Far too many women grew up hearing their parents or religious leaders tell them that "sex is bad" in the hopes that they wouldn't have it before they're married. But, when you get married it's not that easy to suddenly undo that rhetoric and enjoy it with your husband!

Let's do it differently for our children!

In our home, we talk about sex being a gift from God for the mutual and exclusive enjoyment of married couples. Sex is something special and wonderful and sacred that Mom and Dad share only with each other. By the way, this absolutely got uncomfortable when our kids eventually asked about us being with their other parents - since we were both married before - but we just honestly told them what was age-appropriate at the time and respectful of their other parents. Basically, we said that when you're not living by following God's way (we weren't), but by following your heart/what YOU think is best for you (we were), many will get hurt. See 1 Corinthians 7.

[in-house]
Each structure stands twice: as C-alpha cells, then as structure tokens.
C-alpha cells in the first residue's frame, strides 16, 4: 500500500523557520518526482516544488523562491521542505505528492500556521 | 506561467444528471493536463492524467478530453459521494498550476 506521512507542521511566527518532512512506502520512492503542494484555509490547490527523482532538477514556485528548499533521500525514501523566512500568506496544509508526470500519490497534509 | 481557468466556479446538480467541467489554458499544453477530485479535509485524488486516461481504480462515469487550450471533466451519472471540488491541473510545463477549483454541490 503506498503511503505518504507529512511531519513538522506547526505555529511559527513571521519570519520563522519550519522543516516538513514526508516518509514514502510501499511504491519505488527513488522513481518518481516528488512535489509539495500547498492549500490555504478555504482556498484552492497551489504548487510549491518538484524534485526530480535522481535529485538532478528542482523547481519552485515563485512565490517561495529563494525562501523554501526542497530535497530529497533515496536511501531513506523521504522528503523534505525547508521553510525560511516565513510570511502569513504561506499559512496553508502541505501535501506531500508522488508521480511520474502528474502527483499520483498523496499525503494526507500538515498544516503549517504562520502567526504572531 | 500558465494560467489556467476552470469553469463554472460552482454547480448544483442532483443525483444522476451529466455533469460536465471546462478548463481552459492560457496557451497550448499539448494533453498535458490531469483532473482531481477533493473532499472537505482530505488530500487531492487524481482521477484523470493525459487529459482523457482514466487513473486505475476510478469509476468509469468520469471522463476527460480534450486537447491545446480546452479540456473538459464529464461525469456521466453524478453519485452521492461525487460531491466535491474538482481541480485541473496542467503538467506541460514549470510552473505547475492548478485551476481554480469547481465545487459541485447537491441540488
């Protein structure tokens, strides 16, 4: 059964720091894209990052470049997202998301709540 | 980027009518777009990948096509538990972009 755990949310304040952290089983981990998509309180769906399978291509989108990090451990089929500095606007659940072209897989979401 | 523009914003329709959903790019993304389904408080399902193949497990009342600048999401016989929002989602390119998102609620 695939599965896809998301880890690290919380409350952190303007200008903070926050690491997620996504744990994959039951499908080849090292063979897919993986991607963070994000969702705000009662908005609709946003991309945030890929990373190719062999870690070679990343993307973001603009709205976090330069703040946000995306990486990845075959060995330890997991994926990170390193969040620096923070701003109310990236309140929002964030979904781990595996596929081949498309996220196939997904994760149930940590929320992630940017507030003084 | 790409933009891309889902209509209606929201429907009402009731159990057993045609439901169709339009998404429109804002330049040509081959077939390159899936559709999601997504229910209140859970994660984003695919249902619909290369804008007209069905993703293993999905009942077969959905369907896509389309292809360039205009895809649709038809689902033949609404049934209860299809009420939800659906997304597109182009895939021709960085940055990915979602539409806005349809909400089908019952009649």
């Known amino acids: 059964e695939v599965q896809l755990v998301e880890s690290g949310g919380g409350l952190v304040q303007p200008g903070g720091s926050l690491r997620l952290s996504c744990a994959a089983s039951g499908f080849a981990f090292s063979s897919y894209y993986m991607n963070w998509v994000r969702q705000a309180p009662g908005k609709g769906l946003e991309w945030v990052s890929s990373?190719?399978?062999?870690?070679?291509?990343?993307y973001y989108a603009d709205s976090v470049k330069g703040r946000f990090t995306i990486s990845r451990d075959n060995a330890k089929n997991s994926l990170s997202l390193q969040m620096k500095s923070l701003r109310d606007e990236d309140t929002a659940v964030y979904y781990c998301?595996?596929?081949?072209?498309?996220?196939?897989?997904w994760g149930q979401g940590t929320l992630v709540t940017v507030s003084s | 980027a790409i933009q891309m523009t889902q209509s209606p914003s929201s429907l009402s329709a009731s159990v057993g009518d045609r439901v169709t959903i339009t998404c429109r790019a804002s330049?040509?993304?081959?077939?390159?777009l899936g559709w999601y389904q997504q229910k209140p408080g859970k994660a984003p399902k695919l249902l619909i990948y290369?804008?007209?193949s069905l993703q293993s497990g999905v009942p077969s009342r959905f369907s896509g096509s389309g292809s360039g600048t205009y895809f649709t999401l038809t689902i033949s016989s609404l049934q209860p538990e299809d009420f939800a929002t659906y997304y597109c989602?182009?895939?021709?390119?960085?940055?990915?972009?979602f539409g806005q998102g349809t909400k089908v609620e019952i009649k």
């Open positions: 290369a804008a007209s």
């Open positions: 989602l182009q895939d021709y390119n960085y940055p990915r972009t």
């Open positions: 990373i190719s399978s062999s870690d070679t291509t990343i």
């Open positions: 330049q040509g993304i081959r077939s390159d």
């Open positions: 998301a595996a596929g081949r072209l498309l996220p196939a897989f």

2. Talk about sex early and often

With our kids, this isn't a talk we had once, but a conversation we talk through over and over again as they grow and develop and change and have more and differing questions. Starting when they were about 4, 5, and 6, we added into our nightly reading routine books from the series, God's Design for Sex. This four-book series begins with The Story of Me for 3 to 5 year olds which discusses how God created boys and girls bodies differently and also addresses safety and privacy issues.